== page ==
Read the rest of “Life Cycle Benefits of SIPS” here.

SIPs could be the future of home construction

By ROBERT KOOPMANS
Daily News Staff Reporter

An untrained eye would have a hard time seeing what’s different about the house being built at the corner of Linfield Drive and Aberdeen Way.

To those in the know, however, the level-entry rancher is the cutting edge of a new wave of high-tech home construction, using new methods and materials that could make traditional dimensional lumber framing a thing of the past.

Check out the full article here.

Wrong Turn Taken: Embodied Energy & LCA

Have you seen the claims of cellulose insulating materials to be the “Greenest of the Green”? Embodied Energy is used as a basis for the claim. Cellulose has many noteworthey Green attributes, but if you look to the footnotes on the embodied energy tables for insulating materials you will see that the numbers include the “caloric BTU value of the EPS”. That is to say that the BTU value of the EPS was included as if the EPS feedstock were going to be burned for fuel. Cellulose insulation on the other hand does not include the BTU value of the wood it is made from if the wood were burned thus severely distorting the comparison of cellulose to EPS insulation. Petroleum and Natural Gas which are the primary feedstocks in EPS should be viewed as  minerals, of which there is a finite supply.  The choice seems to be; should we burn gas and oil and dump more CO2 and other pollutants into the atmosphere or make it into a durable good that can be recycled indefinitely and save huge amounts of energy with that durable good.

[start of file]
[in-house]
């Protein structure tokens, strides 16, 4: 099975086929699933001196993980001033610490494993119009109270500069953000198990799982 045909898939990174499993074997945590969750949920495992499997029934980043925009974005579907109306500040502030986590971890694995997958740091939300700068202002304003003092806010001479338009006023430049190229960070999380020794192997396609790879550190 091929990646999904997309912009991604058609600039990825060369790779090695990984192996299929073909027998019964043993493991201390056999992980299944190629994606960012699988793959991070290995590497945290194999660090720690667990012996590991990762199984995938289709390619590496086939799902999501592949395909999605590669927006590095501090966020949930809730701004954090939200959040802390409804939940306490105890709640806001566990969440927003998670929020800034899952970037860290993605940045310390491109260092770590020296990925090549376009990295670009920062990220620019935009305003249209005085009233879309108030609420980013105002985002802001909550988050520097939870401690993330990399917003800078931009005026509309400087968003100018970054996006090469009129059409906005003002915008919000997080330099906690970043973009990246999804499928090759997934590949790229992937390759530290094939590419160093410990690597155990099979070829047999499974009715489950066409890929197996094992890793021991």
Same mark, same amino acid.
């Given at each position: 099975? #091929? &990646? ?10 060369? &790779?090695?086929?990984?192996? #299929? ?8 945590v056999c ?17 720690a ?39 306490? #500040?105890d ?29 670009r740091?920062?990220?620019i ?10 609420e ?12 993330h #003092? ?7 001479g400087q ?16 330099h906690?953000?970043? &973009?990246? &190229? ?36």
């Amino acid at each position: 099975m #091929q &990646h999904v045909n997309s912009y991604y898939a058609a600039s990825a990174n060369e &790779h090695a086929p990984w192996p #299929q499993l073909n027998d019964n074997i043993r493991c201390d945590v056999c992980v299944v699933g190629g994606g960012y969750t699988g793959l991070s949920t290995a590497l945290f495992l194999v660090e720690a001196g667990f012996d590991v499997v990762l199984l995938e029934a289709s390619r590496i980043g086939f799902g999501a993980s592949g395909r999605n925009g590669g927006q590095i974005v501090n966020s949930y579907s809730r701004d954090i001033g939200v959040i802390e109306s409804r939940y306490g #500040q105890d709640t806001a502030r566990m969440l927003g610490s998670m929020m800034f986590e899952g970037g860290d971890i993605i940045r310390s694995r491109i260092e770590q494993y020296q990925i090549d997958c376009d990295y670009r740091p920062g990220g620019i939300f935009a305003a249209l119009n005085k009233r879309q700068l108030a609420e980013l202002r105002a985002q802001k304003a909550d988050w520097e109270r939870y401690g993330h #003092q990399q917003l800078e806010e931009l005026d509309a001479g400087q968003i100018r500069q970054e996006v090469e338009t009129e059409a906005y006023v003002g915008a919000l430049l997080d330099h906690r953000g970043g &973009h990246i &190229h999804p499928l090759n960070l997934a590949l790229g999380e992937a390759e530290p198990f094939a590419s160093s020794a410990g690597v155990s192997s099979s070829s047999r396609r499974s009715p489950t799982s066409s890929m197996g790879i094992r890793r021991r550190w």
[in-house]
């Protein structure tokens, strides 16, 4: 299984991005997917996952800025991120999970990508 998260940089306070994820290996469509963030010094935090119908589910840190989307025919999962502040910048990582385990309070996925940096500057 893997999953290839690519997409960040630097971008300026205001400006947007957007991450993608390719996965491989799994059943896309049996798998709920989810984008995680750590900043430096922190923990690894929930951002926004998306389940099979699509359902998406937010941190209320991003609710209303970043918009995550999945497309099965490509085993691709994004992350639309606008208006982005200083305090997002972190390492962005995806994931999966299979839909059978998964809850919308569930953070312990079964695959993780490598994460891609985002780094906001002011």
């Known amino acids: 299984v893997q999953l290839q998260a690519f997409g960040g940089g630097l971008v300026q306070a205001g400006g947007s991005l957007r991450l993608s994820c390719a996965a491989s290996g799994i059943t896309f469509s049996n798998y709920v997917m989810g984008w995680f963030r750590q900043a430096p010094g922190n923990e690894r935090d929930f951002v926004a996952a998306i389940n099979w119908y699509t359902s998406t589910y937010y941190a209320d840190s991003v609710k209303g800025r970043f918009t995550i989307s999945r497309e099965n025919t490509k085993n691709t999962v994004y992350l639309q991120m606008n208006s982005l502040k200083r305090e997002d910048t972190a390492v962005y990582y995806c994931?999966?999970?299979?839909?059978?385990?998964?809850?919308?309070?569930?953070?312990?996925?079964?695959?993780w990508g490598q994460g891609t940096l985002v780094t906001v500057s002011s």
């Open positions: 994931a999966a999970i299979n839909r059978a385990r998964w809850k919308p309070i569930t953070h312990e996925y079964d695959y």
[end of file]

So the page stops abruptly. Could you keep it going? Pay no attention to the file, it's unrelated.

Embodied energy is a factor used in Life Cycle Analysis LCA to compare the merits of materials, processes, etc. When embodied energy includes all the important energy inputs into the extraction, transport, processing and disposing or recycling of a material it can be very useful. However if a short term view is adopted which puts more  emphasis on supply side dynamics than on preservation of resources then we have a distorted result which can lead us down the wrong path of material selection. Most of the best known LCA tools, like the Athena model, treat EPS in this fashion.  I would strongly argue that including the energy value of burning a raw material in embodied energy calculations is just this type of inappropriate emphasis on short versus long term environmental vision. We should be preserving petroleum products for long term durable goods manufacture, which in the case of EPS insulation, saves about 100 times more energy over the life of a building than the energy used to produce it. And the bonus is that we still have the polystyrene molecule to reuse over and over again and the carbon in the petroleum is sequestered keeping it out of the atmosphere. Since plastics account for less than 3% of all petroleum and natural gas consumption and in most cases is very recyclable, its makes much more sense to preserve oil and gas for these types of use and replace them with renewable energy sources. This would be a Win, Win, Win for us all.